In the Texas Observer article, author Saul Elbein interviewed Johnson and two of her friends. According to Laura Kaminczak, a friend of Johnson's since graduate school who worked at a different Planned Parenthood clinic, Johnson's resignation from Planned Parenthood and conversion to anti-abortion was “completely opportunistic.”[3]:1 Kaminczak stated that Johnson was disciplined at work because Kaminczak and Johnson had been exchanging emails with “inappropriate discussion” of their employees, for which Johnson was placed on a “performance improvement plan,” and Kaminczak was fired.[3]:1 Kaminczak also said that Johnson was not upset after seeing the abortion on ultrasound, but was excited about it because it seemed more humane than the standard procedure.[3]:1 Shelly Blair, another of Johnson's friends, and Kaminczak both stated that Johnson had financial problems, and was considering bankruptcy before she resigned from Planned Parenthood.[3]:1 Kaminczak went on to say that Johnson confided that Shawn Carney of Coalition for Life had promised her money for speaking arrangements if she converted. The author concludes with: "Johnson can’t stop talking about the people who wronged her, about how hard she worked, about how little she was appreciated. She’ll talk about how nasty her boss was, how her co-workers sold her out, how no one cared for the women as much as she did. She’ll talk about how the progressives kicked her out of their club because she became pro-life, and how her friends dropped her, and how unfair it all is. The more she talks, the more Abby Johnson’s issue with Planned Parenthood seems to be its treatment of Abby Johnson."[3] Johnson's story received national coverage starting in November 2009, at which point she was embraced by the anti-abortion movement and compared to Norma McCorvey, the "Jane Roe" of Roe v. Wade, the United States Supreme Court case that legalized abortion in 1973. McCorvey joined the anti-abortion movement in 1995, although it was later revealed that her conversion was a sham and that she had been paid secretly by anti-abortion activists to change her public position.[14][15]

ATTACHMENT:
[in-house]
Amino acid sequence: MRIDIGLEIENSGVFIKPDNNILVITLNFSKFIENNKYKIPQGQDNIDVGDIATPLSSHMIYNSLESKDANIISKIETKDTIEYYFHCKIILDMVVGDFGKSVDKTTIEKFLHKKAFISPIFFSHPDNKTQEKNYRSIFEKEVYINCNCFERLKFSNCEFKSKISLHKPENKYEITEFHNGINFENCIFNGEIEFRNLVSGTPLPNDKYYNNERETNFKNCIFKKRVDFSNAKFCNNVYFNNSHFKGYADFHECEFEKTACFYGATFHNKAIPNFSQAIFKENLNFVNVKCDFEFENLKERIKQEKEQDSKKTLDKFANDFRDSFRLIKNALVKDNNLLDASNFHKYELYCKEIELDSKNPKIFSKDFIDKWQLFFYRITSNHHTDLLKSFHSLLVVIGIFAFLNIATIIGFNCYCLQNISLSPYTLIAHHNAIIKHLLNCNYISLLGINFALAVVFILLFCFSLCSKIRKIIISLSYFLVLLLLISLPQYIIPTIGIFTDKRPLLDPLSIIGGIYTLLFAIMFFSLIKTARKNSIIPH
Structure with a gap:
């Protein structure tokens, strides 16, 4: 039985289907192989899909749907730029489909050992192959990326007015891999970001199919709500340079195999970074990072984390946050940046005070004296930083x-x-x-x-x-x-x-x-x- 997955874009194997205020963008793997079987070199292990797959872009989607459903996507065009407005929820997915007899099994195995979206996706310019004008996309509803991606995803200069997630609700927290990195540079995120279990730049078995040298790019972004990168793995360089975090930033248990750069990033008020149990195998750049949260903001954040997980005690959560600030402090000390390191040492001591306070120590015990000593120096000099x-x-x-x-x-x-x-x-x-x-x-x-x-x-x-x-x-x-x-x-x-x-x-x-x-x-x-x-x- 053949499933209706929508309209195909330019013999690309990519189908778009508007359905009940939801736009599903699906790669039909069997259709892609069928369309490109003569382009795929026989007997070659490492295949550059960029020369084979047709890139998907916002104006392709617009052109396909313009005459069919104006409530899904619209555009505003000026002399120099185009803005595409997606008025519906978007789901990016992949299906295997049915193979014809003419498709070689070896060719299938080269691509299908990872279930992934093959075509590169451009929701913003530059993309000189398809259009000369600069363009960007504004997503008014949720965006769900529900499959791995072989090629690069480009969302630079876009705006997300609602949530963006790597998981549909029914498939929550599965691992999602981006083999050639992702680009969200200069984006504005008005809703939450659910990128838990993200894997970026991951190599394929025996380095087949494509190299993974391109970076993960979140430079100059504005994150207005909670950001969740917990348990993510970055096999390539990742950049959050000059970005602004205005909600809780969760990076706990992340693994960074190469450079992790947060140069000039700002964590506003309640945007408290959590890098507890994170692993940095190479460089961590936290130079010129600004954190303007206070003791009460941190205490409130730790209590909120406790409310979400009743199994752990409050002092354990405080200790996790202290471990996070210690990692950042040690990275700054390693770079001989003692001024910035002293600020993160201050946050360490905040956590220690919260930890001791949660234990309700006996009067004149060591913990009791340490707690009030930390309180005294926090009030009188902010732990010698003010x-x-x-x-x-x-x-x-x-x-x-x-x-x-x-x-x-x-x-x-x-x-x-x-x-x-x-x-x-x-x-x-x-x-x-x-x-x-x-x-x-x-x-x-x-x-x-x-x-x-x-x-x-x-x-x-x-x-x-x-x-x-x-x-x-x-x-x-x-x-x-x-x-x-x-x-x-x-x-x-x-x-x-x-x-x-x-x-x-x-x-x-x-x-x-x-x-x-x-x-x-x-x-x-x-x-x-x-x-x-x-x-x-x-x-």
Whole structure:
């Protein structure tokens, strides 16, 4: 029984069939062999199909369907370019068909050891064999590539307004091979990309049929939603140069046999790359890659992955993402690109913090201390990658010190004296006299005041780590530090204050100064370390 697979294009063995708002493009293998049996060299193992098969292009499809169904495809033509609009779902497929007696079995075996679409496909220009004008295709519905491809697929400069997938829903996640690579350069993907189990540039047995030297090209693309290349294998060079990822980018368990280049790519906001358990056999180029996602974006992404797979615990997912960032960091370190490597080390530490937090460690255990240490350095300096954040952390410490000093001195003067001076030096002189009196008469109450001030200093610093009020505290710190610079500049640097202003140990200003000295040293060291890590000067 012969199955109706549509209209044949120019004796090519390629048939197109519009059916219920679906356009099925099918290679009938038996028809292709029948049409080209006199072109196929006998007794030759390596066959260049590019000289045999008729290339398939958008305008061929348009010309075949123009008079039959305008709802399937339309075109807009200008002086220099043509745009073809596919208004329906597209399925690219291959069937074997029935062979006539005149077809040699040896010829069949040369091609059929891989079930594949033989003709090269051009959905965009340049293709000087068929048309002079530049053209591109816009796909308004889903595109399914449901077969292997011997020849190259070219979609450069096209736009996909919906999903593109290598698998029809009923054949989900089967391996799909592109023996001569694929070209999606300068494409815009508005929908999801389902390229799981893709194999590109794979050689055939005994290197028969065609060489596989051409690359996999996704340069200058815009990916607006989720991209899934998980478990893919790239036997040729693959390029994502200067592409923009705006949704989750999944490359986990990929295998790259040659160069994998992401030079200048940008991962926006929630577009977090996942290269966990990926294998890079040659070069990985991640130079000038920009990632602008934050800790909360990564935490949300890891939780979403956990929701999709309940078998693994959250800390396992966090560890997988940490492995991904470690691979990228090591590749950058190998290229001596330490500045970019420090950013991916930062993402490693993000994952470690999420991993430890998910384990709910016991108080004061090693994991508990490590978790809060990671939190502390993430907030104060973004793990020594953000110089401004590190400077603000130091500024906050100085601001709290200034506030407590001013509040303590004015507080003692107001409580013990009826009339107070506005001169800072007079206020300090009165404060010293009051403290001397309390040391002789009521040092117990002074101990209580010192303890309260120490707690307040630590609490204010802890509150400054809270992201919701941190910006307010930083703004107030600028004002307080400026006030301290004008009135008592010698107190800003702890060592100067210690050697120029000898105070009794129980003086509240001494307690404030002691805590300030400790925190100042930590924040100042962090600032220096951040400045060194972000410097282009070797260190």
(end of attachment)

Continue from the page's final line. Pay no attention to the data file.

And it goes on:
Anti-abortion activism